Doping tests are mainly conducted without prior notice in connection with competitions, excluding championships where the rules of the International Federation govern the obligatory sample collection procedures. Consequently, it is recommended for the competition organiser to contact FINCIS’ office well in advance.
The organisers of both national and international competitions are responsible for arranging in-competition doping tests under the rules governing doping control. The organisers are advised to prepare for doping tests in advance.
Typical process of a doping test
A doping test team arrives at the venue either before the competition or during it, depending on the nature of the competition and sport.
Members of the doping test team must always present a valid authorisation granted by FINCIS to perform the tasks, for example, a Doping Control Officer, Assistant or Chaperone ID issued by FINCIS.
The doping test team contacts the competition director, organiser or team leader, introduces themselves, explains the tests to be performed and presents a written letter of authorisation issued by FINCIS. The Doping Control Officer may also ask the representative of the organiser to assist if the doping tests are to be arranged on the basis of a draw of athletes and in arranging the tests.
The DCO typically requires the following information and resources to conduct the doping tests appropriately:
- information on the competition schedule,
- information on the participants,
- appropriate facilities and
- chaperones to assist in inviting athletes to the doping test (if necessary).
Doping test facilities
It must be possible to supervise athletes in the doping test facilities appropriately. Urine samples must be provided in full view of the person supervising the sampling. It must be possible to carry out doping tests confidentially, respecting the athlete’s privacy, and to prevent unauthorised persons’ access to the testing facilities.
If possible, the doping test facilities should consist of three separate rooms that are preferably interconnected: a waiting room or waiting area, a doping test room or area and an area for sample collection (a separate space for the collection of blood samples).
Doping control in international competitions
At major international competitions in particular, the following issues should be considered:
- The waiting room or area must be large enough to accommodate all athletes selected for testing, their representatives and the members of the doping test team.
- The waiting area should be separated from the testing room to allow for undisturbed and confidential operations in the doping test room.
- There must be enough seats for the athletes and their representatives in the waiting room or area, as well as a sufficient quantity of unopened, caffeine-free and non-alcoholic beverages.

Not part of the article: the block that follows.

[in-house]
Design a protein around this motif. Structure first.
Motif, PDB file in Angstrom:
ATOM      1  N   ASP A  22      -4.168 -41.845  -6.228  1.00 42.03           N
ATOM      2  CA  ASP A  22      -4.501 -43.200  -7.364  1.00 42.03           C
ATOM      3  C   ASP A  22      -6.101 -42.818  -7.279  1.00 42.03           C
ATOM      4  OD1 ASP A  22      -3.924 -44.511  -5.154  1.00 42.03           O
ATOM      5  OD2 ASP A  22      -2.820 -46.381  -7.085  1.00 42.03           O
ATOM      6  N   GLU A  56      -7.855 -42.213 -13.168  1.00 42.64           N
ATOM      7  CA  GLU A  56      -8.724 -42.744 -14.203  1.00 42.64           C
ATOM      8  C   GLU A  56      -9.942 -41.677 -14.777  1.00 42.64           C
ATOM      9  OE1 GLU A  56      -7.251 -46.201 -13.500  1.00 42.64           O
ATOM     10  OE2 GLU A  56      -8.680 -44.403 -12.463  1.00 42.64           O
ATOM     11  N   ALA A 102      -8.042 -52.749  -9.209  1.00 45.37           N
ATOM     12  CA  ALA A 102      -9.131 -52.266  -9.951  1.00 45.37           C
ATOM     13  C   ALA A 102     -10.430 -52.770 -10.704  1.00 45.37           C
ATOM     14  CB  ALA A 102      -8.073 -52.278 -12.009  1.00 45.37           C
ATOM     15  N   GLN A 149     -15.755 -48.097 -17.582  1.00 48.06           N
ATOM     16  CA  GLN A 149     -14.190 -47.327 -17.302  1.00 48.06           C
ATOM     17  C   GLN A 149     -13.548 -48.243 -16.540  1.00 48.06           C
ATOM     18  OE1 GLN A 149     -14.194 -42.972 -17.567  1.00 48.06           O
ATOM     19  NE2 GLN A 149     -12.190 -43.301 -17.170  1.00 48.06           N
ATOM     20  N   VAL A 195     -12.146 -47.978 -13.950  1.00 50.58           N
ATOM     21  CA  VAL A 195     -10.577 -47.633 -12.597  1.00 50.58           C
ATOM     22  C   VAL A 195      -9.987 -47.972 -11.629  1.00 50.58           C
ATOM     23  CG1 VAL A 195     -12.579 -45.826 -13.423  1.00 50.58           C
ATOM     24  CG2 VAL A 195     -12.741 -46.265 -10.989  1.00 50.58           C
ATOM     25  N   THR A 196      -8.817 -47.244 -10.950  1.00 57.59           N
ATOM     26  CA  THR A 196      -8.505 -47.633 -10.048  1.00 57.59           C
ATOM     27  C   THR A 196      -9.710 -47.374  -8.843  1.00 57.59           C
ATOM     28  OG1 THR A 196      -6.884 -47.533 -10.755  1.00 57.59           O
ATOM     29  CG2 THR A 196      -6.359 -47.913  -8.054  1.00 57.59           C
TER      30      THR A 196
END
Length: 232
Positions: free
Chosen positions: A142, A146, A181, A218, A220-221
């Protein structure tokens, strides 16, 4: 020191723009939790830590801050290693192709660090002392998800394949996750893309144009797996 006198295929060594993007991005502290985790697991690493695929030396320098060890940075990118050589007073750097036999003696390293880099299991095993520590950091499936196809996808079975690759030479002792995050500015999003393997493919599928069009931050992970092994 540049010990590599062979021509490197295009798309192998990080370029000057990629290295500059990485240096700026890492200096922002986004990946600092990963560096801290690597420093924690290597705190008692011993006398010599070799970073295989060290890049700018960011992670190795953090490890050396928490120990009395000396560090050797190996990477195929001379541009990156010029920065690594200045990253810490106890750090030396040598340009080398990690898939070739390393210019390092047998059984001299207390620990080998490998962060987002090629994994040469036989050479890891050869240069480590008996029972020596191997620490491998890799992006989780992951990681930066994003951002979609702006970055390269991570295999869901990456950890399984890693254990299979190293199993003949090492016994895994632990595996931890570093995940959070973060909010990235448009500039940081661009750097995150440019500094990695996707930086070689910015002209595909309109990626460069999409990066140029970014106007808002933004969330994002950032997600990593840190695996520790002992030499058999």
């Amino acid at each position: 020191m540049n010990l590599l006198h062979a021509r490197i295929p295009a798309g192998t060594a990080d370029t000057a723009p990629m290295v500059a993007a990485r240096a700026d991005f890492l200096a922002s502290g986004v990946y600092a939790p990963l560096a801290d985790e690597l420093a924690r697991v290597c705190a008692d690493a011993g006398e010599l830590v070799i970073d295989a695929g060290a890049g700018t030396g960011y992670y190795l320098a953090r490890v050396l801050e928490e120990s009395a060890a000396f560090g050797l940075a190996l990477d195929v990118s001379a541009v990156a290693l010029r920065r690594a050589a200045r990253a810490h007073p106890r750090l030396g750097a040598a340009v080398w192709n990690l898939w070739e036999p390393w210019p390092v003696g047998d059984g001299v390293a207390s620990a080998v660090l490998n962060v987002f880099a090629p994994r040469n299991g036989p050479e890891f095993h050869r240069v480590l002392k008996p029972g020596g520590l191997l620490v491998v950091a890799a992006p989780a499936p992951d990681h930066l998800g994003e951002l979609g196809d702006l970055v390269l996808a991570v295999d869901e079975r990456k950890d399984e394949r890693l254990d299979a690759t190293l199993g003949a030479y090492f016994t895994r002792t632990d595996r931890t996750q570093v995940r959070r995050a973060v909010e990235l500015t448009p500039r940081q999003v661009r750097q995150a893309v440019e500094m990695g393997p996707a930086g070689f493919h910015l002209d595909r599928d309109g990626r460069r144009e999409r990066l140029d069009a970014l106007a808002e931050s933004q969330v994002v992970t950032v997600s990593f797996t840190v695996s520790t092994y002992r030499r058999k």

- At major events, the waiting room can also be equipped with a television set and a results display, for instance. It is important that the access of unauthorised persons to the doping test facilities can be restricted.
The doping test room or area must be a separate space that can be preferably locked or at least monitored and accessed only by the members of the doping test team, the athlete to be tested and their representative. The testing room must be directly connected to the area for sample collection. Athletes must be provided with seating and allowed to carry out actions related to the doping test undisturbed and confidentially while respecting their privacy.
If possible, the area for sample collection should be a toilet cubicle large enough to accommodate both the athlete and the sample collection supervisor and be directly accessible from the doping test area.
The area reserved for the collection of blood samples should be separate from other testing facilities, and it should be possible for the athlete to provide the sample lying down, undisturbed and confidentially while respecting their privacy.
The chaperones must be adults, of the same sex as the athlete to be tested and have no conflict of interest in carrying out their duties. The role of the chaperones is important with regard to reliable and fair doping control proceedings that comply with rules. In major competitions, particularly international ones, chaperones are always needed. FINCIS will assist in the recruitment of chaperones whenever necessary.
In-competition testing in remote/virtual competitions
Online, virtual and remote competitions are new forms of competing in many sports. In these competitions, athletes are not competing in the same place but, instead, in several different places and the progress of the competition is monitored, for example, through a video connection. If your sport is arranging such competitions, the federation must ensure, either in its rules of competition or in another binding manner, that the athlete’s whereabouts are known during the entire competition and that the information is delivered to FINCIS for carrying out in-competition tests.
If the athlete cannot be reached from the pre-notified place, the athlete may be suspected of violating the Anti-Doping Code concerning the avoidance of doping testing. These matters must be clearly communicated to the participants—for example, in connection with the call for competition—and address information must be collected when the athletes register for the competition. Information about the event and participants must be submitted to FINCIS well in advance and at least seven (7) days before the competition event via email to email@example.com.